talking story and creating change

I had the opportunity and honor to participate in a class discussion this week. The discussion topic was LGBTQ families and children aged 6 – 11. The course is part of the curriculum for master’s students who are pursing degrees in social work.

A fellow advocacy colleague, who has become a friend, mentor and inspiration – Jo Chang – recommended me to the discussion facilitator and after a brief inquiry, it was decided that Jo and I would both be pleased to participate and share our stories; I was to share my perspective as an LGBTQ parent raising a child and Jo would share her perspective as a straight mother of an LGBTQ child. Diverse perspectives … SO VALUABLE!

The class facilitators, Jayson and Emanuel, left enough flexibility and “space” in the course to allow for the conversation to form organically. Since it was on Halloween, I was working within a time constraint (keep in mind, we have a 7-year-old who doesn’t last much past 7:30 so trick-or-treating needed to be wrapped up by 7 pm) so Jay and Emanuel allowed me to jump right into the discussion by first sharing my story. I had brought along a brief bio page that included a picture of my family and a few tid-bit information bullets about myself (education, career, community involvement) and a few of the lessons that I’ve learned over the past three years dealing with family discord, legal custody challenges and personal healing fallout from the commitment to wife and our family. I can’t say that I was the most eloquent or ordered in my presentation – – well, truth be told, I felt as if it were a “talk story” session between myself and the class. <WARNING: Detour Ahead == “talk story” is a term that we use in Hawai’i to indicate that people are just casually sharing in a process to familiarize themselves with one another; or , if already friends – a process of catching up and deepening their relationship through sharing. It is what it says, a time of just talking and sharing the stories of our everyday lives. Okay … detour ended.> I drifted between story threads – talked about my past relationship being 8+ years with our son’s father, being raised in Hawai’i in a multi-racial  and diversely-ethnic family, the meaning of diversity to me as a student affairs professional, meeting and marrying my wife, the tenets that we are trying to instill in our son as we raise him in a non-traditional family – well, you get the picture. I was a bit all over the place.

But the conversation and discourse that percolated was so insightful and provocative – for all of us in the room. The participants asked questions that were sincerely inquisitive: what rights does our civil union imbue us with? what would happen to our little boy if something happened to me? why is it important to LGBTQ families to have the option to marry if civil unions allow for the same rights and responsibilities? how do we help our 7-year-old navigate through this big, bad world as a child of an LGBTQ family?

I don’t want to get into a full reporting of what was said word-for-word during the discussion; that is one of the many pleasures of taking part in courses and forums such as that class. But I do want to share the last thread of conversation that occurred between myself and the class; there was a male student who appeared to have some sort of military association and alluded to that affiliation when I gently teased him about calling me “ma’am” (seriously, I have reached an age where I am now “ma’am”-ed … how did that happen??). He asked me if I had seen the YouTube video of the young man who stood up and spoke in the legislature in defense of the marriage of his moms. I acknowledged that I had and then I asked if he was talking about the young man who was an eagle scout. He confirmed that and then told me, “THAT is the type of man you and your wife are raising – one who is confident and has integrity.” I got a bit choked up at that point, and then I felt compelled to share with the class our story of explaining to Kaleo why we would not be joining the Boy Scouts this year. As I was telling them of how challenging and heartbreaking it was to find the words to explain to our 7-year-old that he couldn’t go to the Boy Scout’s meeting because they were an organization that disrespected and discriminated against families like ours because we were an LGBTQ couple and family, I started crying. My tears startled the hell out of me! I had not cried about the situation; it had infuriated me, frustrated me, spurned me to write letters – spread the word – take it to social media; but it had not made me cry. I think I looked over at Jo helplessly; she walked to my side and placed her hand on my shoulder and firmly said to the student who asked why it mattered that our families be allowed marriage, “This is why it matters.”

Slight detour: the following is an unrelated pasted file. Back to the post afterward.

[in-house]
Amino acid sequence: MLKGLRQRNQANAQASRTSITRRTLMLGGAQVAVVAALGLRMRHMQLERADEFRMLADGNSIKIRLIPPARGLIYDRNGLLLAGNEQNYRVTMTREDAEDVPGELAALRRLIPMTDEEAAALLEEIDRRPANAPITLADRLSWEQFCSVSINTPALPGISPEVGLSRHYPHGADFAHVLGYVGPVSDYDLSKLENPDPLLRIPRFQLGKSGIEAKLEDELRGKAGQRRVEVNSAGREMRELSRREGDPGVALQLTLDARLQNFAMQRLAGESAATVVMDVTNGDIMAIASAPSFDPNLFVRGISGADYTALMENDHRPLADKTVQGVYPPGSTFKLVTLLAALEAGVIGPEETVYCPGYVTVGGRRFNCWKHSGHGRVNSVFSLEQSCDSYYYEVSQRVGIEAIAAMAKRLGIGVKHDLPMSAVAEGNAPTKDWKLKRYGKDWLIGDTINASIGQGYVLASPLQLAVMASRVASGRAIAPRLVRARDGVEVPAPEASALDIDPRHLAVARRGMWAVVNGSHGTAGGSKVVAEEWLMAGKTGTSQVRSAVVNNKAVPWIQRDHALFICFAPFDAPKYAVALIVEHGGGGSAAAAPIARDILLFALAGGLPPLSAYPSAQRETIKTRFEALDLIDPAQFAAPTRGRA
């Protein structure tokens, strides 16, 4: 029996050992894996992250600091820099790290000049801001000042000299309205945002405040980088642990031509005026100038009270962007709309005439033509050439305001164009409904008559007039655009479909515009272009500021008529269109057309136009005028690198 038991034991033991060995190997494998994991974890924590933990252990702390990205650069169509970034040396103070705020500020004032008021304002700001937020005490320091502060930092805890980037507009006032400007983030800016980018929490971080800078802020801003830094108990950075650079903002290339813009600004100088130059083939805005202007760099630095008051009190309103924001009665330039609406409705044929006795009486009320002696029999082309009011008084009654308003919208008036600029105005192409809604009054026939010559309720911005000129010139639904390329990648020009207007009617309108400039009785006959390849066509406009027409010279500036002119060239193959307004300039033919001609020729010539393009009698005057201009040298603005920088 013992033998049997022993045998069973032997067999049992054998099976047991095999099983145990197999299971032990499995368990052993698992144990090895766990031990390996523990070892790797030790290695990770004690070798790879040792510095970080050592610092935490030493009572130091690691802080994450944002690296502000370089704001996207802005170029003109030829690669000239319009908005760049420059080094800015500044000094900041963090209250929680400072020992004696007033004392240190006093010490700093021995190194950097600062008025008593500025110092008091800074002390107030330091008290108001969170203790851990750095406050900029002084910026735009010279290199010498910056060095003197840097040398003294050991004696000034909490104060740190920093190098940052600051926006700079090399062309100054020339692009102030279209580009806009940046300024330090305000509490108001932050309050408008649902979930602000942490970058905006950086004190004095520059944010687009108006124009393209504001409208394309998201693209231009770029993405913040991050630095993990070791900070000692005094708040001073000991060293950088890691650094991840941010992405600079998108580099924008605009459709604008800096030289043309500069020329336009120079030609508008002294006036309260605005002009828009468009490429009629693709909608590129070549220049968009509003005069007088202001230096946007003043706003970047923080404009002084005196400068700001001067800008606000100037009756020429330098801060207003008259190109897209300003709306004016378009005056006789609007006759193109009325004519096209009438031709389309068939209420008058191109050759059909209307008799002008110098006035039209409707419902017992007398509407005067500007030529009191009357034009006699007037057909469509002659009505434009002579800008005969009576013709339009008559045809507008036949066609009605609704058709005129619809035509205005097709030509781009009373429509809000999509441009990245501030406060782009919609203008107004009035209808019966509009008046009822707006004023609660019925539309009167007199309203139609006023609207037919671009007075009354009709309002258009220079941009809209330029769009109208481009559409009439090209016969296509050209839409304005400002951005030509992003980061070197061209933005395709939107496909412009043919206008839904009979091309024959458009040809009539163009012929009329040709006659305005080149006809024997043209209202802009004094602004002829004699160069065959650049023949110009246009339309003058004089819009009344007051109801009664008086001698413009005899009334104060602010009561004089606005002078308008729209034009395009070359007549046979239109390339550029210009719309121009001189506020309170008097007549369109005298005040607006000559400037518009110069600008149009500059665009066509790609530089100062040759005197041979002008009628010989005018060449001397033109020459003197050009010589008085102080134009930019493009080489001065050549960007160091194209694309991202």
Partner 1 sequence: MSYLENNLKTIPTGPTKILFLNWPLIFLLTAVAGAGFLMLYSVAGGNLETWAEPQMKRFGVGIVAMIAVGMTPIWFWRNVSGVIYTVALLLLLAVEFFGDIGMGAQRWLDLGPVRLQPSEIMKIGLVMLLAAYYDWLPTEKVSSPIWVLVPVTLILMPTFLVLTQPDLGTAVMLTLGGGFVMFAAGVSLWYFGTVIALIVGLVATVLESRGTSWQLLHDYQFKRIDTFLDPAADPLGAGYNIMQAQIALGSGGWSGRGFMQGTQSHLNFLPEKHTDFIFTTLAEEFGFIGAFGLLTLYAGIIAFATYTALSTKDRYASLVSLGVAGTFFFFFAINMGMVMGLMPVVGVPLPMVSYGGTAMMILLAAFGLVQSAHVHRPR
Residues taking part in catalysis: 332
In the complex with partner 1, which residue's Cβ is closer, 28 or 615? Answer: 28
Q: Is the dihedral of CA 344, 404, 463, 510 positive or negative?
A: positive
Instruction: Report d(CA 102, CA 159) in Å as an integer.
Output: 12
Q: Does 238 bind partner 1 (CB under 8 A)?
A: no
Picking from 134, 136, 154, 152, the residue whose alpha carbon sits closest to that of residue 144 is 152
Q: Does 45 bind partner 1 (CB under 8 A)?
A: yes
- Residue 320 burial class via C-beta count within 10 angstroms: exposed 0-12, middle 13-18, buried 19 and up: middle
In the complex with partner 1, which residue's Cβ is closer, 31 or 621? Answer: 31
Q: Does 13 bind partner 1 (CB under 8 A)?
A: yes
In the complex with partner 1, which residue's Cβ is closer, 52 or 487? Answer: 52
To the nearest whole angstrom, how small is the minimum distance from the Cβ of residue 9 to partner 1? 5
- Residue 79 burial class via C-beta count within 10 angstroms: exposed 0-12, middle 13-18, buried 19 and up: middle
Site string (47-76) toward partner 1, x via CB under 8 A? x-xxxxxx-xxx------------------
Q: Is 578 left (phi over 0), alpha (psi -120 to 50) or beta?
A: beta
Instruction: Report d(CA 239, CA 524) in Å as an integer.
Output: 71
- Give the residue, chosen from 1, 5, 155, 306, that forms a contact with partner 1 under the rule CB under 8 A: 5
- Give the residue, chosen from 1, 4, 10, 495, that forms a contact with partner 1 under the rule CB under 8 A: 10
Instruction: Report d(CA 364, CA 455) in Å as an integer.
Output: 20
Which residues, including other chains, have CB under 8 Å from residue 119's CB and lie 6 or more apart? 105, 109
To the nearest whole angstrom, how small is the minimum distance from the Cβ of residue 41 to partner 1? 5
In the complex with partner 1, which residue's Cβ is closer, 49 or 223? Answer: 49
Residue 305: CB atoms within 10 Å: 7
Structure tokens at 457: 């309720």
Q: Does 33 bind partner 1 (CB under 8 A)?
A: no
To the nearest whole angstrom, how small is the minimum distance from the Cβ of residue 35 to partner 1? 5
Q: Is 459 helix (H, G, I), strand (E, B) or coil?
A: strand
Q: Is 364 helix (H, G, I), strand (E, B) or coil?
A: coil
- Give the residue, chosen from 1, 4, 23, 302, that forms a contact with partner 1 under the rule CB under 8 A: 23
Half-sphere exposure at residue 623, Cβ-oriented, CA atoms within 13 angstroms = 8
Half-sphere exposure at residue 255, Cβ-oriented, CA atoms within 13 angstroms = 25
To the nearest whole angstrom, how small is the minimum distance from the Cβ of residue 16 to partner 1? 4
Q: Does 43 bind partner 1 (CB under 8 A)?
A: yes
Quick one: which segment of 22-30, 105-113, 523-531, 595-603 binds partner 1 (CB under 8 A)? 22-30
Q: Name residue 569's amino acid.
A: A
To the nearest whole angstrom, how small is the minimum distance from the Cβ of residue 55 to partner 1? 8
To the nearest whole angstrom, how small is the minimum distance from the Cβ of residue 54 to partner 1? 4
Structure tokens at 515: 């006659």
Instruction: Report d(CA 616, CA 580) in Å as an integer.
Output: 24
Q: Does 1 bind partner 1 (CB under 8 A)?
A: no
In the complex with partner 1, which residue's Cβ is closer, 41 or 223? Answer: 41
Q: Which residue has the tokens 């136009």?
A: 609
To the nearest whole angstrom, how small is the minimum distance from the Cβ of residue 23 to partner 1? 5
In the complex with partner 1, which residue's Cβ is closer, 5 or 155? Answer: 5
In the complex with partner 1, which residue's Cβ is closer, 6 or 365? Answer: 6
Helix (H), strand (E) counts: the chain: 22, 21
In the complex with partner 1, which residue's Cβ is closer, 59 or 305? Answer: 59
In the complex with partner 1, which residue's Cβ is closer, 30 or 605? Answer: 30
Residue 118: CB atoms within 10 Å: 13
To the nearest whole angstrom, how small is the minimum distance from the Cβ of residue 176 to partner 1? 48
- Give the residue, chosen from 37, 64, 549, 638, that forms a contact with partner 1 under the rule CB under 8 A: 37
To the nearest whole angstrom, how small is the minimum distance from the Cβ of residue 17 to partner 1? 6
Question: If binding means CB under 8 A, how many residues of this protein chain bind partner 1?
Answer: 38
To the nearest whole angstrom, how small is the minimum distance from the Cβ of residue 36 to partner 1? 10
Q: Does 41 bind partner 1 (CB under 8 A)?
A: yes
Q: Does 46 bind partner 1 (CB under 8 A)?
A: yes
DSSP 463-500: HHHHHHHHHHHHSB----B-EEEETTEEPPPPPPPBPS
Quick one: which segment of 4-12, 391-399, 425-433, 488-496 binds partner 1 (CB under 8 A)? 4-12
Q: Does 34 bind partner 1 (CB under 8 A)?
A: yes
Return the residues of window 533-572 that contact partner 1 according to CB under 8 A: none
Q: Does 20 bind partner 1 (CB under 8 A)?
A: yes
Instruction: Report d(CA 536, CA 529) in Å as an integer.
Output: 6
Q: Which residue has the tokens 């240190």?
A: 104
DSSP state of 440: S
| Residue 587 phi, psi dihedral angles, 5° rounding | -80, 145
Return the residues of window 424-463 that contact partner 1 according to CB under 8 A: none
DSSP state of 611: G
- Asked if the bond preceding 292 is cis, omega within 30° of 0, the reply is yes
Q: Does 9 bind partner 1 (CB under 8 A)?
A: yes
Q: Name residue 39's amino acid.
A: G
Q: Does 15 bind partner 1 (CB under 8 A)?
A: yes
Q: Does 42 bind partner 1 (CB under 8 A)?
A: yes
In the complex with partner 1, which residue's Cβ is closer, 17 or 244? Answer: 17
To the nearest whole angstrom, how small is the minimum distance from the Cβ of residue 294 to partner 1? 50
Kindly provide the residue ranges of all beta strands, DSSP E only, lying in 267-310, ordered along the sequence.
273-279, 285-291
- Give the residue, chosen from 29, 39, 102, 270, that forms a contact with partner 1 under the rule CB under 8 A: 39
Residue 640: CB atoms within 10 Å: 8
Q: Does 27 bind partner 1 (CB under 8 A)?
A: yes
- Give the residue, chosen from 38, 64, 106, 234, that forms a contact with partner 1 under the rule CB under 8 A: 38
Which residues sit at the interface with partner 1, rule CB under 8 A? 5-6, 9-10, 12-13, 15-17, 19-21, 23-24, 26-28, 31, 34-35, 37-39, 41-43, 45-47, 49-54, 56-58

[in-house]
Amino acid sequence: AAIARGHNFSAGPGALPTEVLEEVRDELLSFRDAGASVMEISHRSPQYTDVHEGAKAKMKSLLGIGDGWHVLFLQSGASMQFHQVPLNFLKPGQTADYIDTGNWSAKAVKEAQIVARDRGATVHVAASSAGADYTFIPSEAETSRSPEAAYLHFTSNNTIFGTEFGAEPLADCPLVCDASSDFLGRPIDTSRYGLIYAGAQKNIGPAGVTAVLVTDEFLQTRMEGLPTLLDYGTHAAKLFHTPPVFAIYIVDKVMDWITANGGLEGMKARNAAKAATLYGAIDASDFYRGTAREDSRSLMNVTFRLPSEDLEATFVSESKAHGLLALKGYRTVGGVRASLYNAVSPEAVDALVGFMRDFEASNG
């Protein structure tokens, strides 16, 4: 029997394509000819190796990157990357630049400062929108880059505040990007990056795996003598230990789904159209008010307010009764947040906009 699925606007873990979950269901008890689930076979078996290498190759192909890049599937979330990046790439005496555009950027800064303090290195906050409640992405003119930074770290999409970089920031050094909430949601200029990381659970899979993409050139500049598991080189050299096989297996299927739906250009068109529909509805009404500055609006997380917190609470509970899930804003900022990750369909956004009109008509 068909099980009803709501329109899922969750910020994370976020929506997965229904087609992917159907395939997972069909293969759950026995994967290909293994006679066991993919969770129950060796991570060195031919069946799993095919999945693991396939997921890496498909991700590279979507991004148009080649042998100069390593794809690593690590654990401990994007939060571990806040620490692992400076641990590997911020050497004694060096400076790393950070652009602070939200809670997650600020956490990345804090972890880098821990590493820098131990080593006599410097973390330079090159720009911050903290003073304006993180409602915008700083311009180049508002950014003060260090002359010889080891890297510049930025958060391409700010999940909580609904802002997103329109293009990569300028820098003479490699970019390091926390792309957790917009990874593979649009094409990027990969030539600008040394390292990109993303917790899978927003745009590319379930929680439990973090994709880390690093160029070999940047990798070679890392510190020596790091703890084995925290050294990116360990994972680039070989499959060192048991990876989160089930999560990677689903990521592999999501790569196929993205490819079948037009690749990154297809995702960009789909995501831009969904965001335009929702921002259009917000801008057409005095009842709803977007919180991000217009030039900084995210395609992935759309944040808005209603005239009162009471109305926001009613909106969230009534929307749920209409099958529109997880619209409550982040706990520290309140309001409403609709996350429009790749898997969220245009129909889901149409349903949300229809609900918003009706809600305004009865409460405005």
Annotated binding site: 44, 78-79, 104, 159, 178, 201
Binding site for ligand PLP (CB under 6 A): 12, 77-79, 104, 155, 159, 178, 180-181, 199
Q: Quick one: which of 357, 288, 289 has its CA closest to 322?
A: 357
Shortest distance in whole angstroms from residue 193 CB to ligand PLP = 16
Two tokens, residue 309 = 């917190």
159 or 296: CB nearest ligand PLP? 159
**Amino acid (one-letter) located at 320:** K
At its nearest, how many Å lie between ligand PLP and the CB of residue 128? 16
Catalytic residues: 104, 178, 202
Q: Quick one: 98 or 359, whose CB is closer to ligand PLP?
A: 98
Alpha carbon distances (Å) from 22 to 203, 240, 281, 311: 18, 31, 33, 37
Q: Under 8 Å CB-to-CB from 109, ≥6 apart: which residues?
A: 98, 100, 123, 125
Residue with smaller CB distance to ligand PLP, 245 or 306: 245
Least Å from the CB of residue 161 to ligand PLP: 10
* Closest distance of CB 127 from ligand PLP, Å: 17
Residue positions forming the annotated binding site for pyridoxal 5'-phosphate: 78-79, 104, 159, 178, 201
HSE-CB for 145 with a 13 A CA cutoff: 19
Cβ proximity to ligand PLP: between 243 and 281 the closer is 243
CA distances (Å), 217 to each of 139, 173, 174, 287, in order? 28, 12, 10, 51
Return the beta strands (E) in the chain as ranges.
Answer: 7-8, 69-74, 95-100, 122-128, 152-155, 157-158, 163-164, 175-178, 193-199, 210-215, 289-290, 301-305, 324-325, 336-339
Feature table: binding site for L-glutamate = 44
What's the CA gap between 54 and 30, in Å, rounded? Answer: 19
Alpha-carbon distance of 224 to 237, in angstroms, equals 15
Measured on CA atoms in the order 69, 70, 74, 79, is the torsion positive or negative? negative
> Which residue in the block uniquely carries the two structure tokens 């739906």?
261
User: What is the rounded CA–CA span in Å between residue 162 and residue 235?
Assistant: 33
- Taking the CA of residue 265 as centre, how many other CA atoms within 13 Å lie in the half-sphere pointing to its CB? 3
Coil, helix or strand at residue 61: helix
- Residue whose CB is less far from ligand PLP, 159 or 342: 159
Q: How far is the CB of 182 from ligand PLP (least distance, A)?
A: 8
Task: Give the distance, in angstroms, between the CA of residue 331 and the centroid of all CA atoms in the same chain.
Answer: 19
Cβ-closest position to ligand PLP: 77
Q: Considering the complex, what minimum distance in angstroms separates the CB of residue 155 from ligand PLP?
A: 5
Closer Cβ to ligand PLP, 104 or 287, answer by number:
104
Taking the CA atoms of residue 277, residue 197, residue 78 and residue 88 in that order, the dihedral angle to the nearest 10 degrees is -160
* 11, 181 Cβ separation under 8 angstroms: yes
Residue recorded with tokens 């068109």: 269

The take-away for me from that evening was profound – THIS is why it matters that we keep sharing our stories, THIS is why it matters that we keep advocating for our community, THIS is why it matters that we continue the long and frustrating fight for fair and equal treatment under the law … because our families have meaning. Our families have value. Our families deserve to recognized as such.

Sometimes, even those of us who are in the midst of the movement for change; who are trying to create a better space for ourselves, our loved ones, our community members and supporters in our own little corners of the world – sometimes we need gentle reminders of why we are doing what we are trying to do.

Thank you, Jay and Emanuel, for allowing Jo and I to be a part of that discussion. It was as valuable for us as we hope it was for your colleagues.

 

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